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Birch Leafminers

Birch Leafminers

The birch leaf miner (Fenusa pusilla) feeds primarily upon three host plants: gray birch, paper birch, and European white birch.

This European native was introduced into the U.S. pre-1923 and has grown to economic levels as one of the most important nursery insect pests in New England.

In its damaging stage, the birch leaf miner larva is translucent white, flattened, and about 2/10″ long. Several black spots can be found on the underside of its thorax, which is the part of the body where legs attach to. A black spot is also found on the first segment of its abdomen. The adults are small black wasp-like insects about 1/8” long.

Buried 1”- 2” deep in the soil, the birch leaf miner overwinters as a full-grown larva encircled by a cocoon. In May, the larva pupates, and the adult emerges in 8-15 days. After mating, the female lays several hundred eggs in developing birch leaves. In 6-10 days, the eggs hatch (1-20 eggs per leaf). The young larva then mines between the lower and upper surfaces of the leaf. There are two generations of the birch leaf miner per year in New England.

Feeding by the young larvae eventually causes large blotches, wilting, and gradual leaf death, which reduces the photosynthetic abilities of the tree itself. It weakens the tree and causes it to be less vigorous and more susceptible to invasion by other insects and diseases. In the 1960’s through 80’s, it was common to see severe damage, which was sometimes fatal to the tree. Now, imported parasites keep this pest under control.

Birch leaf miners prefer sunny areas but can attack susceptible trees almost anywhere. Birches tolerate leaf miner attacks best when they are planted in areas that are shady, cool, and moist. Formerly, attacks could seriously weaken trees, so good fertility and horticultural care were necessary.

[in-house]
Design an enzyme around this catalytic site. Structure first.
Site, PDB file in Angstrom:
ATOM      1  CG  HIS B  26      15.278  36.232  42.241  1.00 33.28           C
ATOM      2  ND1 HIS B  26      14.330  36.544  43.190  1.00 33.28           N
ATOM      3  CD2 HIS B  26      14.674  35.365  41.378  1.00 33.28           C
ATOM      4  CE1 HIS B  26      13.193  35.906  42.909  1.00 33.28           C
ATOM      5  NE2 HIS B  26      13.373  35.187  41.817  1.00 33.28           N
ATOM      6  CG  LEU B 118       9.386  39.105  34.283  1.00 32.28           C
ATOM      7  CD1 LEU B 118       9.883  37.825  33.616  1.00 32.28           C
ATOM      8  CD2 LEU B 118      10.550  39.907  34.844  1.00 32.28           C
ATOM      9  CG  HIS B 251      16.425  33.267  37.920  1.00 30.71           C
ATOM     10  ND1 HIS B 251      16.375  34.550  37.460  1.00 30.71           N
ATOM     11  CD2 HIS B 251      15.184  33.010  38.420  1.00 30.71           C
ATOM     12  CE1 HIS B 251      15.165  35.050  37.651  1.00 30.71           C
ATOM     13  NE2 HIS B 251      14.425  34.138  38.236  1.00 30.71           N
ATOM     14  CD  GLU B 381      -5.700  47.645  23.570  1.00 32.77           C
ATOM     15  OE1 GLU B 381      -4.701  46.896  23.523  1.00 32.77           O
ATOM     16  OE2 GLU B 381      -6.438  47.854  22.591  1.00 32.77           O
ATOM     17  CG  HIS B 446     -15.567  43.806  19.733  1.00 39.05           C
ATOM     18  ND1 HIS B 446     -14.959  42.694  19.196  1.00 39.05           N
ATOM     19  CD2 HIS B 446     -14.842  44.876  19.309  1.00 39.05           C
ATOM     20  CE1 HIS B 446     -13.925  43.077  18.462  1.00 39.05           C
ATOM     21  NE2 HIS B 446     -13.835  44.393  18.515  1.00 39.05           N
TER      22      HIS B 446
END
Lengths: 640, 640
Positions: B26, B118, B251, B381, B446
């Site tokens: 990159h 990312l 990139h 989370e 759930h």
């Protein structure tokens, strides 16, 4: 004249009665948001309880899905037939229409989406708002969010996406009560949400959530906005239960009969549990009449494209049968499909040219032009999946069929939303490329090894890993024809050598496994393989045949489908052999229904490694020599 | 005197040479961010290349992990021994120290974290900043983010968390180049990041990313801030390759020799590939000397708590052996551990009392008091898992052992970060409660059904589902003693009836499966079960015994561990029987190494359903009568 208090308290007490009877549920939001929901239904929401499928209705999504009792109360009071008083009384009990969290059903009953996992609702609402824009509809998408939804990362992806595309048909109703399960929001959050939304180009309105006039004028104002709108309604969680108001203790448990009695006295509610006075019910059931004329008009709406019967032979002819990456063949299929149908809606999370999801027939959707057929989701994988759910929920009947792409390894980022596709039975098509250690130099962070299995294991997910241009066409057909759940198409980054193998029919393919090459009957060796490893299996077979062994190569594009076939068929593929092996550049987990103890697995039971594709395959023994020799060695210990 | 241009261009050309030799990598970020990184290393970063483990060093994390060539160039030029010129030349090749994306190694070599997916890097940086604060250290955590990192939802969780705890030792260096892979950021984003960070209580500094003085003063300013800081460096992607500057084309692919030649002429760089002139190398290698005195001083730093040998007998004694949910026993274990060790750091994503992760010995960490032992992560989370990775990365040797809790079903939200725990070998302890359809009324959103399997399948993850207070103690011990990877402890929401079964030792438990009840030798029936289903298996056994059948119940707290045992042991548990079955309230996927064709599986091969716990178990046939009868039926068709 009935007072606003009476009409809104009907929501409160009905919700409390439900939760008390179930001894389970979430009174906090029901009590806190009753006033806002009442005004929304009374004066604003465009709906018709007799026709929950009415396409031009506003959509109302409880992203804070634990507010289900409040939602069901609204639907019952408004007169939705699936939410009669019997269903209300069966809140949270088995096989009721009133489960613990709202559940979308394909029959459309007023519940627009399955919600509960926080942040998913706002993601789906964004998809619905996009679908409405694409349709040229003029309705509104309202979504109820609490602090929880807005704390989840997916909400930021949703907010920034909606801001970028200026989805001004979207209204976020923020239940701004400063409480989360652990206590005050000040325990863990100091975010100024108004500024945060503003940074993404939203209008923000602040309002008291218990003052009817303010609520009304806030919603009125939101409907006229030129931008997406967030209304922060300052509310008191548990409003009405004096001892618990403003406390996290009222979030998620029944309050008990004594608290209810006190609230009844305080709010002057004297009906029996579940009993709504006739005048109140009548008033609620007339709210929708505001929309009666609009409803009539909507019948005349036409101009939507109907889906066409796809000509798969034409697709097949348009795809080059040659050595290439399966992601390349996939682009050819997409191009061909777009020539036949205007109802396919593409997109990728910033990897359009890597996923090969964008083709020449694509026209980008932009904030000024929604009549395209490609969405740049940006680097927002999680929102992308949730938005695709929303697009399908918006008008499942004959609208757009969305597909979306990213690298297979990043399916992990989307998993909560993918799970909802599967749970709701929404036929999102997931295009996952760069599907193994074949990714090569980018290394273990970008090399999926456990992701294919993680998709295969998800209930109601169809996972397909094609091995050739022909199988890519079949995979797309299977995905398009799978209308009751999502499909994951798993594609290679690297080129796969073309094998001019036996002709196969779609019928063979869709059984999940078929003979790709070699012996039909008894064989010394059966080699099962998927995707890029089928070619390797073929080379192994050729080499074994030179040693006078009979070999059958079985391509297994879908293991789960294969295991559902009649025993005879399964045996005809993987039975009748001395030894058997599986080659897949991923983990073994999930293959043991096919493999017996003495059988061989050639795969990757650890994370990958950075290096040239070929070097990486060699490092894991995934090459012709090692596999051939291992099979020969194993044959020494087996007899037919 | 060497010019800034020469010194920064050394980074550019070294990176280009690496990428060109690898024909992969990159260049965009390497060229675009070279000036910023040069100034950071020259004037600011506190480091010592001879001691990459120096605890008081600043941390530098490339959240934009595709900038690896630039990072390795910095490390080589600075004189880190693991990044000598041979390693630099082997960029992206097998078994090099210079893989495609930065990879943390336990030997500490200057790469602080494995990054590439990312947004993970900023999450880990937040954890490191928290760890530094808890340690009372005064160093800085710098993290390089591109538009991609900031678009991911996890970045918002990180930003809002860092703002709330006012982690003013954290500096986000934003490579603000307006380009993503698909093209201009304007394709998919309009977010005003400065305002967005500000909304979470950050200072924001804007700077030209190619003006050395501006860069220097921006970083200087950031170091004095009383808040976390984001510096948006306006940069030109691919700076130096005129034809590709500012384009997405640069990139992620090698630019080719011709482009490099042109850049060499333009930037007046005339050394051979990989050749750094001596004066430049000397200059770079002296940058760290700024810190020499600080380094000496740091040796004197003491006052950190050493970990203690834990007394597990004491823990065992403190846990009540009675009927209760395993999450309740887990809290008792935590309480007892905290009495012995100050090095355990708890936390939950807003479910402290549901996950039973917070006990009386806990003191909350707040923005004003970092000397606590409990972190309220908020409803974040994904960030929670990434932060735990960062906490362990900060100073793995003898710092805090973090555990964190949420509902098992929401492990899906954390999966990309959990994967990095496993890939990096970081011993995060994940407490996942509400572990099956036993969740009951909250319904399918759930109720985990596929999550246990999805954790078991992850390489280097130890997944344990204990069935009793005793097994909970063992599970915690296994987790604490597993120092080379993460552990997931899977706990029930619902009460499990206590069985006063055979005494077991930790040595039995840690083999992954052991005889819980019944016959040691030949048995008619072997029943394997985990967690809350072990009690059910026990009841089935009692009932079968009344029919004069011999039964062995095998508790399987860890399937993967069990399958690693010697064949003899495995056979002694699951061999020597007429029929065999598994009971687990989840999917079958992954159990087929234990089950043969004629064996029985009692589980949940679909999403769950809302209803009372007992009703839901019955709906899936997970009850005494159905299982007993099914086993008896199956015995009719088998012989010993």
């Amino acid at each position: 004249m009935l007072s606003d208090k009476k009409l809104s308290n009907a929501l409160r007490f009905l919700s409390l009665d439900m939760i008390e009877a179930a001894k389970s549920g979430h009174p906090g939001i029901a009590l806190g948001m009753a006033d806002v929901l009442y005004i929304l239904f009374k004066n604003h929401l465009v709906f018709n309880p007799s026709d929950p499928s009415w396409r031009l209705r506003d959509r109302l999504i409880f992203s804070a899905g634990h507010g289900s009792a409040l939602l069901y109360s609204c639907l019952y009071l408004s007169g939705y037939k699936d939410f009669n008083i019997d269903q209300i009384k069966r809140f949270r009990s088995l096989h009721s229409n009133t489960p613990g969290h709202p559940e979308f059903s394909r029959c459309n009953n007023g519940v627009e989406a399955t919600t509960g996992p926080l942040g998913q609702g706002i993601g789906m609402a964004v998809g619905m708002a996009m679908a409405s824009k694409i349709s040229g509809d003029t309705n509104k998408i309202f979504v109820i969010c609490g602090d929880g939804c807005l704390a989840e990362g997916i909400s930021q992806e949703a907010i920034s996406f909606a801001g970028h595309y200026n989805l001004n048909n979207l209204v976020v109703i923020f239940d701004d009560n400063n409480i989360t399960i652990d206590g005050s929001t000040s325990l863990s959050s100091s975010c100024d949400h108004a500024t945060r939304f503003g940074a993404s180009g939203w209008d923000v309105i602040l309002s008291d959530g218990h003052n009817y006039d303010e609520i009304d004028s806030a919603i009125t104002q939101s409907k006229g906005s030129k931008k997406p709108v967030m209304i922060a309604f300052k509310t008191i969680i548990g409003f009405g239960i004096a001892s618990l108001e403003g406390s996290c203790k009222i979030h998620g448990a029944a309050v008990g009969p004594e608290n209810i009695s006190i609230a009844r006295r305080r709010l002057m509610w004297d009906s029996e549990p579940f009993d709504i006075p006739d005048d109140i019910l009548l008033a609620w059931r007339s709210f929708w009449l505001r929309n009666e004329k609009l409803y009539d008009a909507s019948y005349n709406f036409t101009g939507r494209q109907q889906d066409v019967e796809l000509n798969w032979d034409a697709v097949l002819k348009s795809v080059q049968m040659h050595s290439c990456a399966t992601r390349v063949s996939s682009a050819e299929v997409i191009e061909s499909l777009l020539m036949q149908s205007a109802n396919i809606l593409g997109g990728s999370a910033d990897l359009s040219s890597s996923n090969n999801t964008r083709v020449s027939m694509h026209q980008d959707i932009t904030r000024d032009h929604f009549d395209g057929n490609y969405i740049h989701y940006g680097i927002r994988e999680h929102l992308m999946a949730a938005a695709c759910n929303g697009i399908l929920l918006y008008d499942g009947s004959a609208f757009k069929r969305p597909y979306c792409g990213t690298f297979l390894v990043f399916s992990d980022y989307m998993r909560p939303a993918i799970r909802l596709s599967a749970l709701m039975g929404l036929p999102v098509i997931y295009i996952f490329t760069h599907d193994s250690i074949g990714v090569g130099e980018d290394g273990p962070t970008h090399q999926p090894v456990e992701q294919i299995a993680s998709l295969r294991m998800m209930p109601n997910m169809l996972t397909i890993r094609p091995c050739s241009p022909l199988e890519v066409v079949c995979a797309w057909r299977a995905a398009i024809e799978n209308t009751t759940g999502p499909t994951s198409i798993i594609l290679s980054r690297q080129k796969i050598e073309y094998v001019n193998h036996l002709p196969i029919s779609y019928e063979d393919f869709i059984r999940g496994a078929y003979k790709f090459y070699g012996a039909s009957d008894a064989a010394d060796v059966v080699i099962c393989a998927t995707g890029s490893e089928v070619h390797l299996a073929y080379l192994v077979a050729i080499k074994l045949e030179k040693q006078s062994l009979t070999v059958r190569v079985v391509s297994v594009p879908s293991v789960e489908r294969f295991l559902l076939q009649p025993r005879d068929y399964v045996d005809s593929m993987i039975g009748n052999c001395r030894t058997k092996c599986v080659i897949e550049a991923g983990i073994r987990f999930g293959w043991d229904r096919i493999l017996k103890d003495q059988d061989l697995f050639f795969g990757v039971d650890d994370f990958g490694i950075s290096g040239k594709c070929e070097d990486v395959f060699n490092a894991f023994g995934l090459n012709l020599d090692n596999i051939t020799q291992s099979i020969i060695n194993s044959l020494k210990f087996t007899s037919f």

Integrated Pest Management Strategies:

Cultural – For trees already established, keep the soil in good condition by adding organic matter and fertilizer as needed. Keep the trees properly watered during prolonged periods of dry weather. if you have an unacceptable amount of leaf damage, look for species of birch that are resistant to birch leaf miner attacks.

Monitoring – The first generation of birch leaf miner is the most damaging and can be seen emerging in mid-May. Managing adults is important in breaking the cycle of infestation. Once larvae are in the foliage, management becomes much more difficult. Using yellow sticky cards placed in host trees can help monitor for adults.

Biological Control – A few parasitic wasp species have been released in North America, and two ichneumond wasps, Lathrolestes nigricollis and Grypocentrus albipes are present in the Northeast. They are so effective, significant leaf injury is now difficult to find in New England.

Chemical Control – Chemical controls should not be necessary for this pest.

Source: University of New Hampshire Extension

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